Miley Cyrus has revealed that she “didn’t make a dime” from her 2014 Bangerz Tour thanks to going big on stage props and more.
The singer-songwriter spent her own money on the “outlandish” tour, which saw her arrive on the stage each night by sliding down a giant replica of her tongue that was poking out of the side of a mouth.
Although the tour ended up grossing $62.9 million the star didn’t make any profit from it herself.
Cyrus said: “It was an investment in myself. A lot of these ideas were so outlandish that no one wanted to support me in making these items.
“I had big puppets, oversized beds, I arrived on stage by sliding down [a giant model of] my own tongue.
“I didn’t make a dime on this tour because I wanted it to be excellent, and when everyone kept saying ‘Why are you doing this? You are going to do, like, a hundred shows and you are not going to make any money?’”
“I said there is no one I would rather invest in than myself. I paid for it all to make it exactly what I and the fans deserved.”
Cyrus’ comments come after she said last week that touring “isn’t healthy” for her.
Speaking in a ‘Used To Be Young’ interview series for TikTok on August 27, and following the release of her new song of the same name, the pop star opened up about the various reasons she finds that aspect of being a music artist so challenging.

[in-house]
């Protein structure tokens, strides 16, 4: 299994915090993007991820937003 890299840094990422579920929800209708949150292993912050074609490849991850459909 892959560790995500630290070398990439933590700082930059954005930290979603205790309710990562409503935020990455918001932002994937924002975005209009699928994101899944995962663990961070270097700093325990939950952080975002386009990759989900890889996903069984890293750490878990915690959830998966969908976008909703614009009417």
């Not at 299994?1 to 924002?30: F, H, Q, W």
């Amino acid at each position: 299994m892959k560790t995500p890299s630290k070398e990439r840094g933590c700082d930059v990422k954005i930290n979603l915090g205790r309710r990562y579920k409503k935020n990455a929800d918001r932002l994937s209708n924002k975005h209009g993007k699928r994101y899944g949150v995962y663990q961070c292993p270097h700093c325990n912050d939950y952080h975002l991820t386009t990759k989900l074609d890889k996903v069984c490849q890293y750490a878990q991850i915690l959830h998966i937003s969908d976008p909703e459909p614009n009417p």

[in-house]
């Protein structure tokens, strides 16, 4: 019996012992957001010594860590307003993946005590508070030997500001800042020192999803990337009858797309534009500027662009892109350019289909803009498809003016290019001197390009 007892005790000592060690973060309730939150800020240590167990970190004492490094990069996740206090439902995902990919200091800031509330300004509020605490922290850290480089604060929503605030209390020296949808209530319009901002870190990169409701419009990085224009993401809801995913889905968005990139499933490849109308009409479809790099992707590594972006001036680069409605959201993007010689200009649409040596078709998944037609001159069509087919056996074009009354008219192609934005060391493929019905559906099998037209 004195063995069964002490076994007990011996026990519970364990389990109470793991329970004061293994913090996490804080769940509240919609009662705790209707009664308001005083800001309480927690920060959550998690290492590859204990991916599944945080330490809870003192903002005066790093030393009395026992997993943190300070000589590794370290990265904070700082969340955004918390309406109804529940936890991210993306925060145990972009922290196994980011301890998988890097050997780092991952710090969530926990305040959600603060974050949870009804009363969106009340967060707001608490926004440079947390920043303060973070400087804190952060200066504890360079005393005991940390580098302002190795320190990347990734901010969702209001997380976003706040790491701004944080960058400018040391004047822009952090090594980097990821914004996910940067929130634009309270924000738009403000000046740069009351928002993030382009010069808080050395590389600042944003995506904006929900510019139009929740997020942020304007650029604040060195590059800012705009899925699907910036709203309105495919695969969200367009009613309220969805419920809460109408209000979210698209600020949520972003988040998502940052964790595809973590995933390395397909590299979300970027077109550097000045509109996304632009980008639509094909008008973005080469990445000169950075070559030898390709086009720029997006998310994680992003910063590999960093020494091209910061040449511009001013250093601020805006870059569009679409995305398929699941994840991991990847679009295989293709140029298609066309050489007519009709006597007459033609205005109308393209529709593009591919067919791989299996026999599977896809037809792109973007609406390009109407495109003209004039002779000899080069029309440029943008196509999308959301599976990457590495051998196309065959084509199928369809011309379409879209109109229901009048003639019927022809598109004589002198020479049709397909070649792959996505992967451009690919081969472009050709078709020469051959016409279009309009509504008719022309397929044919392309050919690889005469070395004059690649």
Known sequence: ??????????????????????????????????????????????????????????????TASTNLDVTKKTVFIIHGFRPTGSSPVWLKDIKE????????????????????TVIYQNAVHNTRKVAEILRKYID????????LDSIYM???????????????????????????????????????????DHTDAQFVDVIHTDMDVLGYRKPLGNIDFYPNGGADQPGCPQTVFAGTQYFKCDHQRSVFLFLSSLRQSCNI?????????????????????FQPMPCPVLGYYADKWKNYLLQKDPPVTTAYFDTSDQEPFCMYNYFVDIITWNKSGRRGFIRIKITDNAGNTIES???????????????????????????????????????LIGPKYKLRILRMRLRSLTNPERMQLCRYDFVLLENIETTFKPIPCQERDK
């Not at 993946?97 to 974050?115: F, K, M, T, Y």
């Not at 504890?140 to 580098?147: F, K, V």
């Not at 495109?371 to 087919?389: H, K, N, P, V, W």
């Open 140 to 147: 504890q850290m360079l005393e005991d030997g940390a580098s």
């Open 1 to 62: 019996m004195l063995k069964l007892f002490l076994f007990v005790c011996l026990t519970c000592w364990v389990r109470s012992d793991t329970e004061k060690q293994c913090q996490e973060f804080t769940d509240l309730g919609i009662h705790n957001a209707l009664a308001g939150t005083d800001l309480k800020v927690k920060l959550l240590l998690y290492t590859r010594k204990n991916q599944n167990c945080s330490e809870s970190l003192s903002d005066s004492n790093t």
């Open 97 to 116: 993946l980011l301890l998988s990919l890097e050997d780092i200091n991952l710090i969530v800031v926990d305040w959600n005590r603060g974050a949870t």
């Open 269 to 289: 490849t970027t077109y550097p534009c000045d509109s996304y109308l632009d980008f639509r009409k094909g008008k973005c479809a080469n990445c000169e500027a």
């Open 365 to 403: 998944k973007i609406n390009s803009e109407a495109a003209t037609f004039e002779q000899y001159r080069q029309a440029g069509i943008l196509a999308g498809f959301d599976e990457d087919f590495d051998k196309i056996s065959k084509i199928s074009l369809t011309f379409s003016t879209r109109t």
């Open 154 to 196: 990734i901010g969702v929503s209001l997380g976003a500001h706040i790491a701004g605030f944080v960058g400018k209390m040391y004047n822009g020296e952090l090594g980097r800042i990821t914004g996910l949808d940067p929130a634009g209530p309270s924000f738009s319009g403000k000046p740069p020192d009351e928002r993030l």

It was confirmed in May that Cyrus would take a hiatus from touring, sharing that “singing for hundreds of thousands of people isn’t really the thing that I love.”
The mixed response from fans prompted her to clear up the misinterpretation on social media, writing: “For clarity I feel connected to my fans NOW more than ever.”
In the new interview clip, Cyrus elaborated that “what people don’t really understand about touring” is that “the show is only 90 minutes, but that’s your life”.
She continued: “If you’re performing at a certain level of intensity and excellence, there should be an equal amount of recovery and rest.
“There’s a level of ego that has to play a part, that I feel gets overused when I’m on tour and once that switches on, it’s hard to turn it off. And I think when you’re training your ego every single night to be active, that’s the hardest switch for me to turn off.”
Cyrus said, “having every day, the relationship between you and other humans being ‘subject’ and ‘observer’, isn’t healthy for me.”
The singer continued: “Because it erases my humanity and my connection. And without my humanity and my connection, I can’t be a songwriter, which is my priority.”